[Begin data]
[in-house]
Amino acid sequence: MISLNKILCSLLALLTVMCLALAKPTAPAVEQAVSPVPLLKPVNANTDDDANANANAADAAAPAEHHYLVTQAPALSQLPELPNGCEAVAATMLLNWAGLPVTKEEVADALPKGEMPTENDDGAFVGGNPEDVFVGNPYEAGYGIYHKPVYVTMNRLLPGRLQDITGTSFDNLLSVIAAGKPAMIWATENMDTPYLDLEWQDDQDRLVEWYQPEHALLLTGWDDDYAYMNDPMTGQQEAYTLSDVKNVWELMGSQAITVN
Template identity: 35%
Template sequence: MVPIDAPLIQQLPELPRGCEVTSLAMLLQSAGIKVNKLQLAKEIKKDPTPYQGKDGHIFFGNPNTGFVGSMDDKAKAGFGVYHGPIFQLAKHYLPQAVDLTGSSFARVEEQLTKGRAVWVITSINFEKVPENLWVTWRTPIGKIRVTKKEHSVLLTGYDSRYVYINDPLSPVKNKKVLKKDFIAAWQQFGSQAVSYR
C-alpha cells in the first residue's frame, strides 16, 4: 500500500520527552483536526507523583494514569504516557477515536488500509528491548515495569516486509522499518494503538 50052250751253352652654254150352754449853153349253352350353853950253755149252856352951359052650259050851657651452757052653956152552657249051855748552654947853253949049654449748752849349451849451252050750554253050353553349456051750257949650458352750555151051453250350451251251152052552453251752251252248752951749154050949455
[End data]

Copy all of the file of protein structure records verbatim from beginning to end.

[in-house]
Amino acid sequence: MISLNKILCSLLALLTVMCLALAKPTAPAVEQAVSPVPLLKPVNANTDDDANANANAADAAAPAEHHYLVTQAPALSQLPELPNGCEAVAATMLLNWAGLPVTKEEVADALPKGEMPTENDDGAFVGGNPEDVFVGNPYEAGYGIYHKPVYVTMNRLLPGRLQDITGTSFDNLLSVIAAGKPAMIWATENMDTPYLDLEWQDDQDRLVEWYQPEHALLLTGWDDDYAYMNDPMTGQQEAYTLSDVKNVWELMGSQAITVN
Template identity: 35%
Template sequence: MVPIDAPLIQQLPELPRGCEVTSLAMLLQSAGIKVNKLQLAKEIKKDPTPYQGKDGHIFFGNPNTGFVGSMDDKAKAGFGVYHGPIFQLAKHYLPQAVDLTGSSFARVEEQLTKGRAVWVITSINFEKVPENLWVTWRTPIGKIRVTKKEHSVLLTGYDSRYVYINDPLSPVKNKKVLKKDFIAAWQQFGSQAVSYR
C-alpha cells in the first residue's frame, strides 16, 4: 500500500520527552483536526507523583494514569504516557477515536488500509528491548515495569516486509522499518494503538 50052250751253352652654254150352754449853153349253352350353853950253755149252856352951359052650259050851657651452757052653956152552657249051855748552654947853253949049654449748752849349451849451252050750554253050353553349456051750257949650458352750555151051453250350451251251152052552453251752251252248752951749154050949455